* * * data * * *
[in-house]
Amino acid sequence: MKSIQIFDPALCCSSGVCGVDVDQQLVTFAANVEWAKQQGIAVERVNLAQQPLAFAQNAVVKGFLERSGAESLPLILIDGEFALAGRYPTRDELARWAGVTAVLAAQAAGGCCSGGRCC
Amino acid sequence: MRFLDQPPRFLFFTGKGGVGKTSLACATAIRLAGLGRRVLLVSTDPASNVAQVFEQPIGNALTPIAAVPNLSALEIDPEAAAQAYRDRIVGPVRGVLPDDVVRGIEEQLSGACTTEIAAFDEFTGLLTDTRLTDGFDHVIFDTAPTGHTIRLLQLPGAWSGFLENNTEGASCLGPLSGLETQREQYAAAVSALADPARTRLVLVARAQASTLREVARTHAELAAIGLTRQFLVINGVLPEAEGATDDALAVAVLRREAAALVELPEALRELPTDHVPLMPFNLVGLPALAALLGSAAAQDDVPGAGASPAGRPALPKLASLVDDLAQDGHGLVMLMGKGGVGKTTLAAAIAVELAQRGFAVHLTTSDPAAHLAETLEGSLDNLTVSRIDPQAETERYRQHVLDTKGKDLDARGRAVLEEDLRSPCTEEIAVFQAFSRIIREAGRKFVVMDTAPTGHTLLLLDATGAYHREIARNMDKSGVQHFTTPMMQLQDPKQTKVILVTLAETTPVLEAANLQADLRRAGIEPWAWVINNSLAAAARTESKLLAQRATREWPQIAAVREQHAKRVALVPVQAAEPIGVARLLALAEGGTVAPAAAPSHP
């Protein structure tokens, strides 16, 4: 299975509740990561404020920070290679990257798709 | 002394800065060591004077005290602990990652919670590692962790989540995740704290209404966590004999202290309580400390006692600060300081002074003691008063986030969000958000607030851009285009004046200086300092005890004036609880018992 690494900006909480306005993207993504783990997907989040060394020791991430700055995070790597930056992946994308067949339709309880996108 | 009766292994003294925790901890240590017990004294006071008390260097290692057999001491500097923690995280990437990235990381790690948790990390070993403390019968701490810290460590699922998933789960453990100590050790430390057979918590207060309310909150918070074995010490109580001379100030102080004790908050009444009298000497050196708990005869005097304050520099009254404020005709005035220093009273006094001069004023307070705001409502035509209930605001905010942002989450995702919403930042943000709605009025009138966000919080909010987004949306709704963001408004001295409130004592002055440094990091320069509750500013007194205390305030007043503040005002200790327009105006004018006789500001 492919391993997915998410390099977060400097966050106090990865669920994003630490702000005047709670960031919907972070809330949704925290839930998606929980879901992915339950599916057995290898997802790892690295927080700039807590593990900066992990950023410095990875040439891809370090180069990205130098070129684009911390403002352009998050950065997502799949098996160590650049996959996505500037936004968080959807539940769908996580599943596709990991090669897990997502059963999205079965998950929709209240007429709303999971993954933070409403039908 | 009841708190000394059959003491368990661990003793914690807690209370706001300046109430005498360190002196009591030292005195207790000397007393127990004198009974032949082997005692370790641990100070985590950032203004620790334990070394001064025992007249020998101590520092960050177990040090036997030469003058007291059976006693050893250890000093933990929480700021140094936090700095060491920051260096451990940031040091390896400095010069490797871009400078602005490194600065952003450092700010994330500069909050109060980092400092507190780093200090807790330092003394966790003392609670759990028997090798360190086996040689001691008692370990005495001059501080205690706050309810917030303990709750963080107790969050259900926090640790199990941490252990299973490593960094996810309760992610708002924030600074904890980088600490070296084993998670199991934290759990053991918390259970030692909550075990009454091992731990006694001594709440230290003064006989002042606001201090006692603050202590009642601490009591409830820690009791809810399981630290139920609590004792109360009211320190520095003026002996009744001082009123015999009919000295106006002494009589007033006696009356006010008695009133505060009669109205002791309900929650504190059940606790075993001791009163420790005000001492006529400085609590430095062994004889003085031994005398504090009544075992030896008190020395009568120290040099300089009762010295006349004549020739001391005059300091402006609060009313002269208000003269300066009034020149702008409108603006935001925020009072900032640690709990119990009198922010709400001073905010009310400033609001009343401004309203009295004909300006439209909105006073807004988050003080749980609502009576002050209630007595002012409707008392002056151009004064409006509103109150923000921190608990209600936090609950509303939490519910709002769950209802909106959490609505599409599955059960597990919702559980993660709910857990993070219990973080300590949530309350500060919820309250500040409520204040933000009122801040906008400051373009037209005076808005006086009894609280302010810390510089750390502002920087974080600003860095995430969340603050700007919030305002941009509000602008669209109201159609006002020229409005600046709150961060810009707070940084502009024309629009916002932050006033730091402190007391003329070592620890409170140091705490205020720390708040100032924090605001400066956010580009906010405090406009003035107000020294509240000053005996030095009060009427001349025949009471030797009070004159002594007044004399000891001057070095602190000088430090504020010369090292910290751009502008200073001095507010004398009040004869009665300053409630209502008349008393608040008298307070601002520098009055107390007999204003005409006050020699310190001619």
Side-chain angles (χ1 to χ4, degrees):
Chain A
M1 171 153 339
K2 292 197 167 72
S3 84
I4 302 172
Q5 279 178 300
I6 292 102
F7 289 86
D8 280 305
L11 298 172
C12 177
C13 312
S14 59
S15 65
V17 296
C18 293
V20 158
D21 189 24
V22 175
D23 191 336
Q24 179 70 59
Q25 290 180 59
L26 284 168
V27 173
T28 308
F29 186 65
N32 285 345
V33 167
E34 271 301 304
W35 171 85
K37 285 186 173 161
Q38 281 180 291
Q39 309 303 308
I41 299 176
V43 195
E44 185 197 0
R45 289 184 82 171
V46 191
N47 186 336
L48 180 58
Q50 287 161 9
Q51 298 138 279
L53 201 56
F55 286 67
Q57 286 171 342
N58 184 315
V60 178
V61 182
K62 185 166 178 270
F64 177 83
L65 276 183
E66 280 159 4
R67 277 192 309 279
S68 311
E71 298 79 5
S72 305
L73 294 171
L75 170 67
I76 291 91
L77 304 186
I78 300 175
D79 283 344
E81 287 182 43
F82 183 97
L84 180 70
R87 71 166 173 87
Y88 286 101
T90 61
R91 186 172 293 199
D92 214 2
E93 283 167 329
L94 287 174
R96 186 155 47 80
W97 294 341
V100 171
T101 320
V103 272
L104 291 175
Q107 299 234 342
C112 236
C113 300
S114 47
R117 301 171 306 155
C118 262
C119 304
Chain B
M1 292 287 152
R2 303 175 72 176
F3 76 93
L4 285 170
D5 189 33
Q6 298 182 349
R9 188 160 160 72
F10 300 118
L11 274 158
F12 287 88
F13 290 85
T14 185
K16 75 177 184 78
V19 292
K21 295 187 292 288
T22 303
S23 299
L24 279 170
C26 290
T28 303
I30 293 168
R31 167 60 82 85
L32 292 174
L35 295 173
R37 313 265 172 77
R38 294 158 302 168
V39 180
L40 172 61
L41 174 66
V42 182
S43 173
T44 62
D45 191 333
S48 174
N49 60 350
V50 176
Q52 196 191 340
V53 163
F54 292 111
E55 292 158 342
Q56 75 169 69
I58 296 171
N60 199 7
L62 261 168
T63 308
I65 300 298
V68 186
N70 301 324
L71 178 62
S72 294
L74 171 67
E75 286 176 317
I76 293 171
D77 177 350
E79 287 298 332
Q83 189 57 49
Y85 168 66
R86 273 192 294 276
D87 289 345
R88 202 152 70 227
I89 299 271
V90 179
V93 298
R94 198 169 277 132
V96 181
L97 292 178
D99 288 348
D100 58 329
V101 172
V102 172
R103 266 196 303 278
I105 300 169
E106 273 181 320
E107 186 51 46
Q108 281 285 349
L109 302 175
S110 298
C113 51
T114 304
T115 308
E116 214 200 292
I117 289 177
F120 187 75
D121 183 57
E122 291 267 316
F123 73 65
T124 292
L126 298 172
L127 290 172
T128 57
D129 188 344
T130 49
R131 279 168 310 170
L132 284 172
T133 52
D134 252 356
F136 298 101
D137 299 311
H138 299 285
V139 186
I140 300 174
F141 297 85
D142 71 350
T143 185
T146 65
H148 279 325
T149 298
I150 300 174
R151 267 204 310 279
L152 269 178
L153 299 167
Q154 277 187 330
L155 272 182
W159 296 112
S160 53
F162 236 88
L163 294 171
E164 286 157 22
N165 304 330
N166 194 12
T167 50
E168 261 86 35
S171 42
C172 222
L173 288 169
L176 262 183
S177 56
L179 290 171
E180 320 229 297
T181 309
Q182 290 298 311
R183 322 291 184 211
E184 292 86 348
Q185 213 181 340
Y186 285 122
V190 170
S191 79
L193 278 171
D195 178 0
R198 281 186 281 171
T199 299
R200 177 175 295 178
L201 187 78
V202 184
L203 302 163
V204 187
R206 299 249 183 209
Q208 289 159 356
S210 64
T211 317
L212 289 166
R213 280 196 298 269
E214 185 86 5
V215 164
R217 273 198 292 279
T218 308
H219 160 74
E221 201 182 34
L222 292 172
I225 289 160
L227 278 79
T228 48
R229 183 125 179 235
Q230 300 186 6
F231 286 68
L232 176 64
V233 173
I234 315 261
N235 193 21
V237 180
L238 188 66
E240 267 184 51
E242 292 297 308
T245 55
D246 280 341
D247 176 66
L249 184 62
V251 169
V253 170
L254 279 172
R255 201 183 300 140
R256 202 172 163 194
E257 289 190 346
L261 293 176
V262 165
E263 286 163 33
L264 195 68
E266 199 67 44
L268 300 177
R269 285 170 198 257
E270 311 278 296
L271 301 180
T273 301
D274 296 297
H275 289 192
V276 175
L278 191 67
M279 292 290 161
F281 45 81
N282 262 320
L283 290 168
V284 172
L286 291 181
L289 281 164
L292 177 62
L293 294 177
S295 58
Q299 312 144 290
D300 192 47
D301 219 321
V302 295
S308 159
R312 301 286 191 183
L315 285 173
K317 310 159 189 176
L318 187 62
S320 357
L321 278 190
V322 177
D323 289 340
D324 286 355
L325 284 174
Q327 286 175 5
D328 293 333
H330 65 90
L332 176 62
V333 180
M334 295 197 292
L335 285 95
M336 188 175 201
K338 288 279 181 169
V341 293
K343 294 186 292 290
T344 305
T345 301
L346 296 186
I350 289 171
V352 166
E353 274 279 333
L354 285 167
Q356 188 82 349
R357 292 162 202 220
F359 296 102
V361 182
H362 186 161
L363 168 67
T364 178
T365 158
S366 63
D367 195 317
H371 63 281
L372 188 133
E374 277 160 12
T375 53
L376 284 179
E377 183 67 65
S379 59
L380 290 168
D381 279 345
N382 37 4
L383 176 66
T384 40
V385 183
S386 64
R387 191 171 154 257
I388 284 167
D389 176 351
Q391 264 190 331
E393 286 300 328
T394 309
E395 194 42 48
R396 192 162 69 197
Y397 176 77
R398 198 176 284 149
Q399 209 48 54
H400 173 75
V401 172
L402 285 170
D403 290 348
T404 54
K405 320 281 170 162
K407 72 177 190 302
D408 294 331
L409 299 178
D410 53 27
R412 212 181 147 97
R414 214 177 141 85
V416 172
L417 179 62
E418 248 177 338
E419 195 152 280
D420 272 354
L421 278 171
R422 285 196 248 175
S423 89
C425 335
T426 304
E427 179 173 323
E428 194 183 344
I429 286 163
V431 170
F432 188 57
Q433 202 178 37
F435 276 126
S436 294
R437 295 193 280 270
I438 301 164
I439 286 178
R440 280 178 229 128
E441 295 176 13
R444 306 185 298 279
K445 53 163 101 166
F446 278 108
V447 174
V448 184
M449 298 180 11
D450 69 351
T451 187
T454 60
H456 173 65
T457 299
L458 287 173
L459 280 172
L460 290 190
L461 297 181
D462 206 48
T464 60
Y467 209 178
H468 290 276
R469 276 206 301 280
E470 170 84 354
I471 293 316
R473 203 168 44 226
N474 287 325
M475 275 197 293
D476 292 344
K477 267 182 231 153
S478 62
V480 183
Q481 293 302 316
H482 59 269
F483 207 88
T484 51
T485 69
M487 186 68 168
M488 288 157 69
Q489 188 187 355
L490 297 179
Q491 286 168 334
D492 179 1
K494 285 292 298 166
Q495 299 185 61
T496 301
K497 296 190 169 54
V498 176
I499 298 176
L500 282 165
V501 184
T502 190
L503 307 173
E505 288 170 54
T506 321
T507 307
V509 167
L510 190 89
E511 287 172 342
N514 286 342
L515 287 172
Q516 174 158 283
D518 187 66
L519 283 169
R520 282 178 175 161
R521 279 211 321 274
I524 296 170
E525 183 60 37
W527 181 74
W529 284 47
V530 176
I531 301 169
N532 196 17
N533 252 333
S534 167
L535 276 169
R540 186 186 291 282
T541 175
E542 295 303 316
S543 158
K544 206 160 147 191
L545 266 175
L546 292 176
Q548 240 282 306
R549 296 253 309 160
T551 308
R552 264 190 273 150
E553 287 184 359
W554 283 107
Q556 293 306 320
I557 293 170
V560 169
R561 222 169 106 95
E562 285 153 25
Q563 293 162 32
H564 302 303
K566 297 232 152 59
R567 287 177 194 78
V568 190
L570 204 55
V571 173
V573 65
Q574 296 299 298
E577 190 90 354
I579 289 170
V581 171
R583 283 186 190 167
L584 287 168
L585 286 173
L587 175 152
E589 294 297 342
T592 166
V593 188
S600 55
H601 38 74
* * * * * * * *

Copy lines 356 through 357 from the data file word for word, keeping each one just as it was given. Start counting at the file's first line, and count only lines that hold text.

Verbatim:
R387 191 171 154 257
I388 284 167